• Due West February 7, 2020 (5:19 pm)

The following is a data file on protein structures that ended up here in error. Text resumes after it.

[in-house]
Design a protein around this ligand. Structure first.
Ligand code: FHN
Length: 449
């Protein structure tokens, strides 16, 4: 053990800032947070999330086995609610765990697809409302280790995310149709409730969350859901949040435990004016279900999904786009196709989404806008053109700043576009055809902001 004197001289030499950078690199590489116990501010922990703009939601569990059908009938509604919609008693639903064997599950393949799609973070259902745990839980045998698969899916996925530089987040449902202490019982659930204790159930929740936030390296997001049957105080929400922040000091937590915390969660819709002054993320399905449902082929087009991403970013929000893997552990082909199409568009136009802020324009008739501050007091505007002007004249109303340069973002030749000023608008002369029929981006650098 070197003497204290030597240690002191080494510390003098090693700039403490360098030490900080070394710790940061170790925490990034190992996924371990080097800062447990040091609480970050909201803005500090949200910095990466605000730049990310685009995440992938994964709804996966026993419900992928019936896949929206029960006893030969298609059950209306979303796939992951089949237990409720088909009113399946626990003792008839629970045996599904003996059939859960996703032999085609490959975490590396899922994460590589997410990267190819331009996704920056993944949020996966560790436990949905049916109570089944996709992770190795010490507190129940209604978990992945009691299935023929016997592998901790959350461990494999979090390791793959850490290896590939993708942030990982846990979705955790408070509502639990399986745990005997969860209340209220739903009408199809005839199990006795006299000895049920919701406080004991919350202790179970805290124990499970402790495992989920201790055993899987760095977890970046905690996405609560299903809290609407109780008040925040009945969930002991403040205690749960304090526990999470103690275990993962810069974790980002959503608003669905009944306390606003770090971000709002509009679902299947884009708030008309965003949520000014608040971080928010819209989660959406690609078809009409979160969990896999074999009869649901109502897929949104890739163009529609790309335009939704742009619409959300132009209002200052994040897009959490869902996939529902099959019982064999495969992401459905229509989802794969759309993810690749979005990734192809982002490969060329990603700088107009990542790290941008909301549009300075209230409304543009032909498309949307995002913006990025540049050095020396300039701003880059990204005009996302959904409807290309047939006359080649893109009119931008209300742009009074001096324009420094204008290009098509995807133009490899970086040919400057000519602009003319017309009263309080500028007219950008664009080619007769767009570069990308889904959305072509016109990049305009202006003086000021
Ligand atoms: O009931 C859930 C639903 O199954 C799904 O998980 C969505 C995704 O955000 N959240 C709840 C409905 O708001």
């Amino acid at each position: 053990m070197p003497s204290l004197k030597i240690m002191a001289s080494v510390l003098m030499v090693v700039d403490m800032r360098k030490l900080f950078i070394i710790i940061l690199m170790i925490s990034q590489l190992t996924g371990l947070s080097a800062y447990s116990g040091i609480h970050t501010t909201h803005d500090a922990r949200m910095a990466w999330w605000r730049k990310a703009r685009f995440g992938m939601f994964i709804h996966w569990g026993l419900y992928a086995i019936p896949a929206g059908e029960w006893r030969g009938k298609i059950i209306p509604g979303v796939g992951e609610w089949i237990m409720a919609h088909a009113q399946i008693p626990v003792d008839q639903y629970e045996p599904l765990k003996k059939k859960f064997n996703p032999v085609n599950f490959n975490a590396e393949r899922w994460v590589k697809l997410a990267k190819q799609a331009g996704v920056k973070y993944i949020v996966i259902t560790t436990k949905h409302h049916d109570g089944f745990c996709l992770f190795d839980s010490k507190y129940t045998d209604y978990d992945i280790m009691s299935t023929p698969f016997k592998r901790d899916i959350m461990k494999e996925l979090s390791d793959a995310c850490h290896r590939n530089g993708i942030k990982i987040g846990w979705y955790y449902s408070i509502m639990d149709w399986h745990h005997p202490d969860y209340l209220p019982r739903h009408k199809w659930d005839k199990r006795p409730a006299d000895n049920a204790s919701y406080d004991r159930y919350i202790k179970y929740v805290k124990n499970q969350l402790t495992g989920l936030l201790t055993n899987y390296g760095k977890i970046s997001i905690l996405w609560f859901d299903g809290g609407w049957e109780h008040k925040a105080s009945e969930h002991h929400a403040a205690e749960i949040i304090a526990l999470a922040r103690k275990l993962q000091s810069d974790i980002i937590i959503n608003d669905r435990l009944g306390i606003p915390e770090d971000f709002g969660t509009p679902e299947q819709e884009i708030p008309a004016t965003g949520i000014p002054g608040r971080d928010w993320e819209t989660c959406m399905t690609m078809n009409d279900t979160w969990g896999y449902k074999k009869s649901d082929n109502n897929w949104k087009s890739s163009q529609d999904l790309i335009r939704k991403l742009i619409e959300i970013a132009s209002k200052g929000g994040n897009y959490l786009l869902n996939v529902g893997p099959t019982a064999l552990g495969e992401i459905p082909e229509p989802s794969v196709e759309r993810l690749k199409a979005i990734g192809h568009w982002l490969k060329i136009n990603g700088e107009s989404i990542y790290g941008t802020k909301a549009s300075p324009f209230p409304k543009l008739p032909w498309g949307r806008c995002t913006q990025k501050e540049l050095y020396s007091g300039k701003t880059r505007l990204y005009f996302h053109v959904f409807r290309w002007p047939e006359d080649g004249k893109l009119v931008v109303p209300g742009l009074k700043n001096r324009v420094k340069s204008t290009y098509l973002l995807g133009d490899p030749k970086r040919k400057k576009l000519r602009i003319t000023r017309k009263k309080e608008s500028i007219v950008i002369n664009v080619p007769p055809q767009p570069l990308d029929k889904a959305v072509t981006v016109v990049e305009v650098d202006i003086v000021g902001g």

I’ll start with the positive:There has been some serious thought and effort that has gone into this presentation. Very professional and lays out the proposed project clearly. Breaking down the scale at the south end makes sense as well as the entry at the south end; and the parking entrance off Harbor was a must. Concerns:Parking will be a problem, there is no question. Every tenant will need a car; not many people will take the bus to go grocery shopping at Trader Joes which is one mile away. The 30th Ave elevation stills feel like an after-thought. The proposed modulation is simply a result of the most efficient arrangement of the small units; feels messy, not residential. The units that face the hillside and step out onto the proposed ‘terrace’ over the parking structure will be the lowest value units, getting very little sunlight and located essentially in a hole. The terraces will be cold and dark and in the end will not be used as envisioned but simple as a place to store stuff that didn’t fit in the small unit. Also, there is a high probability that the developer will not fulfill the promise of terraces and in the end simply cover the garage roof with a roofing membrane. Remember, these are apartments and the sense of pride and ownership is not the same as with a condo or townhome. In short time the landscaped hill will be forgotten and begin to fill with garbage, and the units will become even more difficult to rent. This scinario, for an aprtment building, is a disaster waiting to happen. The solution is to infill the back of the site (yes you will need to sacrifice a few units) and create some real, usable, terraces with a landscape buffer that can actually be accessed and appreciated.